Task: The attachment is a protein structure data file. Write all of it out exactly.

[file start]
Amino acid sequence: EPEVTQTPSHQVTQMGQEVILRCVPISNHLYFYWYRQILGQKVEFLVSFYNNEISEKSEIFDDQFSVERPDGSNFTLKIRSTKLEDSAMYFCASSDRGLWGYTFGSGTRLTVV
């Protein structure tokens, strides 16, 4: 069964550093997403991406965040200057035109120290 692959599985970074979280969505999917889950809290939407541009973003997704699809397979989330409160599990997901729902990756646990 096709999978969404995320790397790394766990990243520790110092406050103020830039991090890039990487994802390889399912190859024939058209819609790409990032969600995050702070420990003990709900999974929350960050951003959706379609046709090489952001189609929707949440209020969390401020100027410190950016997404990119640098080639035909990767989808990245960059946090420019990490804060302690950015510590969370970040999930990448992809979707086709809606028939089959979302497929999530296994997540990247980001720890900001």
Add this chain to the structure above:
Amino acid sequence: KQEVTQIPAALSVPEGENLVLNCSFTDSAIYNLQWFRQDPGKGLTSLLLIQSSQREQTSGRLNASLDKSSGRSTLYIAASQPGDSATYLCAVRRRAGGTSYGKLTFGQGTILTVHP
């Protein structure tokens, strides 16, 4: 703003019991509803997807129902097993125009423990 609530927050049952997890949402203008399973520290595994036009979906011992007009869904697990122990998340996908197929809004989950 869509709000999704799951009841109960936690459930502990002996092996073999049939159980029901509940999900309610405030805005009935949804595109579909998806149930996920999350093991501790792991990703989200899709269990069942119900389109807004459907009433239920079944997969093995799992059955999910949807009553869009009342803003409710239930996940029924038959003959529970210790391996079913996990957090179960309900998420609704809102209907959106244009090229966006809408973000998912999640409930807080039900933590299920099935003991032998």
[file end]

Amino acid sequence: EPEVTQTPSHQVTQMGQEVILRCVPISNHLYFYWYRQILGQKVEFLVSFYNNEISEKSEIFDDQFSVERPDGSNFTLKIRSTKLEDSAMYFCASSDRGLWGYTFGSGTRLTVV
């Protein structure tokens, strides 16, 4: 069964550093997403991406965040200057035109120290 692959599985970074979280969505999917889950809290939407541009973003997704699809397979989330409160599990997901729902990756646990 096709999978969404995320790397790394766990990243520790110092406050103020830039991090890039990487994802390889399912190859024939058209819609790409990032969600995050702070420990003990709900999974929350960050951003959706379609046709090489952001189609929707949440209020969390401020100027410190950016997404990119640098080639035909990767989808990245960059946090420019990490804060302690950015510590969370970040999930990448992809979707086709809606028939089959979302497929999530296994997540990247980001720890900001």
Add this chain to the structure above:
Amino acid sequence: KQEVTQIPAALSVPEGENLVLNCSFTDSAIYNLQWFRQDPGKGLTSLLLIQSSQREQTSGRLNASLDKSSGRSTLYIAASQPGDSATYLCAVRRRAGGTSYGKLTFGQGTILTVHP
């Protein structure tokens, strides 16, 4: 703003019991509803997807129902097993125009423990 609530927050049952997890949402203008399973520290595994036009979906011992007009869904697990122990998340996908197929809004989950 869509709000999704799951009841109960936690459930502990002996092996073999049939159980029901509940999900309610405030805005009935949804595109579909998806149930996920999350093991501790792991990703989200899709269990069942119900389109807004459907009433239920079944997969093995799992059955999910949807009553869009009342803003409710239930996940029924038959003959529970210790391996079913996990957090179960309900998420609704809102209907959106244009090229966006809408973000998912999640409930807080039900933590299920099935003991032998």